In May 2020, Danielle McCamey, DNP, founded DNPs of Color (DOC), a national nonprofit organization that increases opportunities for networking, mentorship, and diversity advocacy in doctoral studies, clinical practice, and leadership for DNPs of color.

“DNPs of Color was created to provide a community that can support students and newly ‘minted’ [graduates], and ultimately help increase diversity in doctoral studies.  We seek to inspire, empower, and transform the landscape of nursing practice, academia, and health care outcomes in our communities,” Dr McCamey said in a press release from her alma mater, Georgetown University.1

By establishing virtual communities of nurses of color who are working toward or have completed their doctoral degree, Dr McCamey hopes to address underrepresentation of minority DNPs in clinical practice, academia, and leadership. Dr McCamey stated that she intends to harness the power of DOC to transform the landscape of the nursing field into a more diverse environment with improved patient-provider relationships, patient satisfaction, and health care outcomes.1

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DOC plans to host events that reinforce the organization’s mission to provide networking, mentorship and advocacy opportunities to DNPs who belong to racial and ethnic minority groups. In August, DOC hosted a virtual commencement ceremony for the class of 2020.

There are currently 7 members on DOC’s inaugural Board of Directors, including Dr McCamey, who serves as CEO. Ethlyn McQueen Gibson, DNP, serves as Vice President; on DOC’s website, she shares her thoughts on the importance of building a diverse workforce through providing DNPs of color a chance to be present during important policy decisions. LaDonna Brown, DNP, is treasurer of DOC and alumna of Vanderbilt University. Toni Murray, DNP, serves as secretary and is an alumna of the University of Maryland.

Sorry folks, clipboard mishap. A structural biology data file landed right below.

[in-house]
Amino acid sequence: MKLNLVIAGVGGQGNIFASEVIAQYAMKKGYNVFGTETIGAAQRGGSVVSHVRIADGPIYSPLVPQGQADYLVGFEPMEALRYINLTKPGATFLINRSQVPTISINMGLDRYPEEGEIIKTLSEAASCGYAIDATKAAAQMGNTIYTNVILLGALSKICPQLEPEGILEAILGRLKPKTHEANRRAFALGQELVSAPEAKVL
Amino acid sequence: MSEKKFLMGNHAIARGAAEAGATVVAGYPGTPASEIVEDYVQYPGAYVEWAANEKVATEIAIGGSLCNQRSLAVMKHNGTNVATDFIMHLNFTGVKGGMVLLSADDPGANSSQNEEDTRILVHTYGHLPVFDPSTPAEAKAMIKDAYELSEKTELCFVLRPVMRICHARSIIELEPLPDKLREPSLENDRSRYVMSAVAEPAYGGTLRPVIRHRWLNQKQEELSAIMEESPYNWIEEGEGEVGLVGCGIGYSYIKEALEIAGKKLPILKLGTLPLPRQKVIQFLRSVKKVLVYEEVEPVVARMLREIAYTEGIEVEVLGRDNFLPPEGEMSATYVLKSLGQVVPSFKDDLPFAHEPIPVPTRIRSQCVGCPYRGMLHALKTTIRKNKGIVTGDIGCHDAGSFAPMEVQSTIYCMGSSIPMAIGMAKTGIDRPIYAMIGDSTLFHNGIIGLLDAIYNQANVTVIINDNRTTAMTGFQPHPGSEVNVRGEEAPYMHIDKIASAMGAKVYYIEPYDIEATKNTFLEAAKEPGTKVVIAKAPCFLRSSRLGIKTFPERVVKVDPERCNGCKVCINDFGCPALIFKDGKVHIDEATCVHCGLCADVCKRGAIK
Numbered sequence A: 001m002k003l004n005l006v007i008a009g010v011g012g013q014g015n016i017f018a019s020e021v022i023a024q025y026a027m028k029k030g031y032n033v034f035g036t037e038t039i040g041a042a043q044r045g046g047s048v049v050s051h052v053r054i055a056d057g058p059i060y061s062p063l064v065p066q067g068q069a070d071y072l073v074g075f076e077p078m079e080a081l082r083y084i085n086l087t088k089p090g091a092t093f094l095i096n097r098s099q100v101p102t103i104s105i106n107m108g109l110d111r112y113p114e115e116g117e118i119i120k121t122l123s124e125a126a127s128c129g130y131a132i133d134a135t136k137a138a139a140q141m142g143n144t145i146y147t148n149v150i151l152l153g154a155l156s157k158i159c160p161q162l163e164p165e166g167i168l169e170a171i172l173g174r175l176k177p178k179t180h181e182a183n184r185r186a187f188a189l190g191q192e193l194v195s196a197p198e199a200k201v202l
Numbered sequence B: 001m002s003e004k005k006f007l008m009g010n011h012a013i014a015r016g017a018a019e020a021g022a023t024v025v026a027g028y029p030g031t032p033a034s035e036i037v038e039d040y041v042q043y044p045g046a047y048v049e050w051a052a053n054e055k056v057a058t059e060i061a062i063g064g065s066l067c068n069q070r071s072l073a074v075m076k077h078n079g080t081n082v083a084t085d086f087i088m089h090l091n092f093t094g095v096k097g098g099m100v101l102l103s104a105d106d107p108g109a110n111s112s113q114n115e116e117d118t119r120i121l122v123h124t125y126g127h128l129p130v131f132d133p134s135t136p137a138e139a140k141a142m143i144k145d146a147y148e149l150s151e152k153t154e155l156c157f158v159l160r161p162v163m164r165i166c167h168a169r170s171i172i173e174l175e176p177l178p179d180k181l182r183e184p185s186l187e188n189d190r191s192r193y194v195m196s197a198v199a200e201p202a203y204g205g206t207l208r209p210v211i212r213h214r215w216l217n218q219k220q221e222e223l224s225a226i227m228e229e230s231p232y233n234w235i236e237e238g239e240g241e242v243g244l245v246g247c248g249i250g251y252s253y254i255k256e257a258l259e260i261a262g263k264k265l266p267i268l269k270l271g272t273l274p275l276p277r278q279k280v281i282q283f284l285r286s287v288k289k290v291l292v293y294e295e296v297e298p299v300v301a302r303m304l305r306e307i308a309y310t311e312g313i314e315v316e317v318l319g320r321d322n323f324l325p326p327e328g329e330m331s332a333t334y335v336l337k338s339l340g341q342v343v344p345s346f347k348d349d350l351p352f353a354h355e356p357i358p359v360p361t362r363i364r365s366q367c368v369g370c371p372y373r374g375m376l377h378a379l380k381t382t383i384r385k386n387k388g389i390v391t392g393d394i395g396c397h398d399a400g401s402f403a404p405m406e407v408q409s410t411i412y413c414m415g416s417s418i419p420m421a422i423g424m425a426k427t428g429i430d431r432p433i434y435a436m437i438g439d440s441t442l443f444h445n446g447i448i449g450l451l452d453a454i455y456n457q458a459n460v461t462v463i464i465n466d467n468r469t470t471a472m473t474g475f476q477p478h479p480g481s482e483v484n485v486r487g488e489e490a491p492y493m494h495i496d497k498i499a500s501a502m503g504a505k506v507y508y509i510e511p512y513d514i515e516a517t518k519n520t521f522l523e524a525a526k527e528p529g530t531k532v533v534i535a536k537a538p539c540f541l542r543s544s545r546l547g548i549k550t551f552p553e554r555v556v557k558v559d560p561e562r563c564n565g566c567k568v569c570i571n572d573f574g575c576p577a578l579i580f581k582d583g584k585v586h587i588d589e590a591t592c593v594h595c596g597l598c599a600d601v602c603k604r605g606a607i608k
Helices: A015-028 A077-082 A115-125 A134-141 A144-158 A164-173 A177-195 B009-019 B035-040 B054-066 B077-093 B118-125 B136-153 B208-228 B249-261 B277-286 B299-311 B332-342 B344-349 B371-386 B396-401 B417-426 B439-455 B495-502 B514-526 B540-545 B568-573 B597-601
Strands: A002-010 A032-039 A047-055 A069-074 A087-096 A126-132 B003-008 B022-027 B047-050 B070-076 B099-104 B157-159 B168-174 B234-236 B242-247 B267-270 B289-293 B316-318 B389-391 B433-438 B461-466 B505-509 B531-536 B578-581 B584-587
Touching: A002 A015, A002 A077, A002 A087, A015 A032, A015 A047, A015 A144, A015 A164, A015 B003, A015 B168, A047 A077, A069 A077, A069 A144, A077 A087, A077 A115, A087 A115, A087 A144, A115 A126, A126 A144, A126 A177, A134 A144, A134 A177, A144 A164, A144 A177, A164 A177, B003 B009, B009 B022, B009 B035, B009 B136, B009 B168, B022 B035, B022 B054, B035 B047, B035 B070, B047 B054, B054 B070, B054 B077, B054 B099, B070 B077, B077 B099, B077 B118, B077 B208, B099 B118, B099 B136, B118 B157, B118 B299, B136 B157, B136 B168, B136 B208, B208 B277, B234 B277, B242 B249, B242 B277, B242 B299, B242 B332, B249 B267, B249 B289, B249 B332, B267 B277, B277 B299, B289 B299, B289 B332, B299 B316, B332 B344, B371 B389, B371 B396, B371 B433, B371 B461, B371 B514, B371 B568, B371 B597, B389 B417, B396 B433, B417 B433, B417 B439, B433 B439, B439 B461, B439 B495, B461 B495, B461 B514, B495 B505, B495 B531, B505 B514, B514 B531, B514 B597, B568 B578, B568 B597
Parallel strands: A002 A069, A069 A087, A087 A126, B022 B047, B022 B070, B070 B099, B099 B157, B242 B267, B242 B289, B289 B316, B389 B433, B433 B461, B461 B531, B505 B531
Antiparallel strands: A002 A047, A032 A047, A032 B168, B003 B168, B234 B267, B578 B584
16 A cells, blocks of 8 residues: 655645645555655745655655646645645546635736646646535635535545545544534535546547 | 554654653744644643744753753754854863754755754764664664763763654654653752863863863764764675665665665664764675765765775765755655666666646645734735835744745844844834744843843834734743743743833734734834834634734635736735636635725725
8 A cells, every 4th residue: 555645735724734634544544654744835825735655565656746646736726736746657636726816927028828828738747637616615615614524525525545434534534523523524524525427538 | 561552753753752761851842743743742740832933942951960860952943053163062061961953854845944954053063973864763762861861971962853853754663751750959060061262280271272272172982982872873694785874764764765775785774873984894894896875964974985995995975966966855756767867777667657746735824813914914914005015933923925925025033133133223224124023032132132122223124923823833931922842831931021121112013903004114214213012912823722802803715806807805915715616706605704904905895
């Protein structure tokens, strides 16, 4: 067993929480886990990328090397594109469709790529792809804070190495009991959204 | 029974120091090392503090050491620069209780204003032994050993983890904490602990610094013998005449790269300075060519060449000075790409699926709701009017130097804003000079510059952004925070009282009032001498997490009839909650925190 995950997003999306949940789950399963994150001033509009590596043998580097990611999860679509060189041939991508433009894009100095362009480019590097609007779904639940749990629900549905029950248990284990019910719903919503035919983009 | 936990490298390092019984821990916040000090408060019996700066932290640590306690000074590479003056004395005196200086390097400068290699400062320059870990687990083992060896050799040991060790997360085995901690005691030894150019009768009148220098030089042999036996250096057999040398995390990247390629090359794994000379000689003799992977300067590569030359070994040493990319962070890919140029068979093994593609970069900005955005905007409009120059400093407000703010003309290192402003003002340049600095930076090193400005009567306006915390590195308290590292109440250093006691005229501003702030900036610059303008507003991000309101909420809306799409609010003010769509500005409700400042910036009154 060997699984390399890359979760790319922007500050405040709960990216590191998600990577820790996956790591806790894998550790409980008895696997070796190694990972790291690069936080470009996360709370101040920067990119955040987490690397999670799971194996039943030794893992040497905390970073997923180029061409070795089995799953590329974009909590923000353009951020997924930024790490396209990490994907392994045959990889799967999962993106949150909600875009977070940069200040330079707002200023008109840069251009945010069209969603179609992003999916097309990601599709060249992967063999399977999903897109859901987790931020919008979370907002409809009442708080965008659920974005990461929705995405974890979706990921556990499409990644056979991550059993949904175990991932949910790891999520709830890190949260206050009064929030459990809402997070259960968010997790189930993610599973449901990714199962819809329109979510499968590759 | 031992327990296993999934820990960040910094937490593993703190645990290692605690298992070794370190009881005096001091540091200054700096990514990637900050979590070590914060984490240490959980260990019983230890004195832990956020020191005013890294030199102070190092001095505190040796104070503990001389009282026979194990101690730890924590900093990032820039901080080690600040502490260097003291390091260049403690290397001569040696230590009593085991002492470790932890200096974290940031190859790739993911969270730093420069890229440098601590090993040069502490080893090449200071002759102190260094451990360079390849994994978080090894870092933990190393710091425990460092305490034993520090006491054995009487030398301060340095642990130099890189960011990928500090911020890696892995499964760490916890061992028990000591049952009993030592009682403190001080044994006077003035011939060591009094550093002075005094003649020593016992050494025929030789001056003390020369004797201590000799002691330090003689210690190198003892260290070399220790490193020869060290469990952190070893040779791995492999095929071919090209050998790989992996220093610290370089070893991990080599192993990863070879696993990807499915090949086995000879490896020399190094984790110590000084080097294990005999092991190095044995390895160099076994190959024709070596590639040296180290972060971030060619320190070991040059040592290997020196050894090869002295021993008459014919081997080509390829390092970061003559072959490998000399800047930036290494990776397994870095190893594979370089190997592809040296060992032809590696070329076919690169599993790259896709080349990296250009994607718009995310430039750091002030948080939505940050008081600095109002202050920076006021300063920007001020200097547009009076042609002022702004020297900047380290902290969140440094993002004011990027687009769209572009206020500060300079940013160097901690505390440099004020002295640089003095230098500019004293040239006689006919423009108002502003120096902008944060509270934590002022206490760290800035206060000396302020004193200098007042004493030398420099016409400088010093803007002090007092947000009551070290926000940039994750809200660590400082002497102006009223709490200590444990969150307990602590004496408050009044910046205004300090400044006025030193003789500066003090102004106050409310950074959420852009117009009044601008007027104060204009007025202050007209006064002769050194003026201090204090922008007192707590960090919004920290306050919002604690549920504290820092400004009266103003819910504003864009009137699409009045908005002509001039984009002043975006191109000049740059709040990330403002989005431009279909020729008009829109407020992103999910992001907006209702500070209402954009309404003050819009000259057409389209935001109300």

Daisy Medina-Kreppein, DNP, Jenna Benyounes, DNP, and Bimbola F. Akintade, PhD, ACNP-BC, are all members of the Board of Directors.  Dr Akintade is an assistant professor and associate dean of the University of Maryland’s Master of Science in Nursing Program; the University of Maryland School of Nursing (UMSON) shared details about Dr Akintade’s new role in a press release.2

The university stated that Dr Akintade’s role on the DOC Board of Directors will allow him to improve his ability to advocate for minority nurses at UMSON, and across the nation. There are 10% more DNP students who identify as members of a minority ethnic or racial group (46%) at UMSON than DNP students nationally (36%).2

Overall at UMSON, where nearly 2000 students are enrolled in baccalaureate, master’s and doctoral nursing programs, 49% of students identify as members of a minority ethnic or racial group; however, nationally, nurses who identify as members of a minority ethnic or racial group make up 19.2% of the registered nurse workforce.2

DOC notes on its website that minorities are currently underrepresented in US doctoral programs with respect to the general population. By serving as mentors and guides for nurses of color, DOC aims to address this disproportionality.

To learn more about DOC and get in touch with the organization, click here.


  1. Doctor of Nursing Practice Alumnae Begin New Non-Profit to Support DNPs of Color [news release]. Washington DC: Georgetown University School of Nursing & Health Studies; May 11, 2020. Accessed August 27, 2020.
  2. Akintade Appointed to DNPs of Color Inaugural Board of Directors [news release]. Baltimore, MD: University of Maryland school of Nursing; August 21,2020. Accessed August 31, 2020.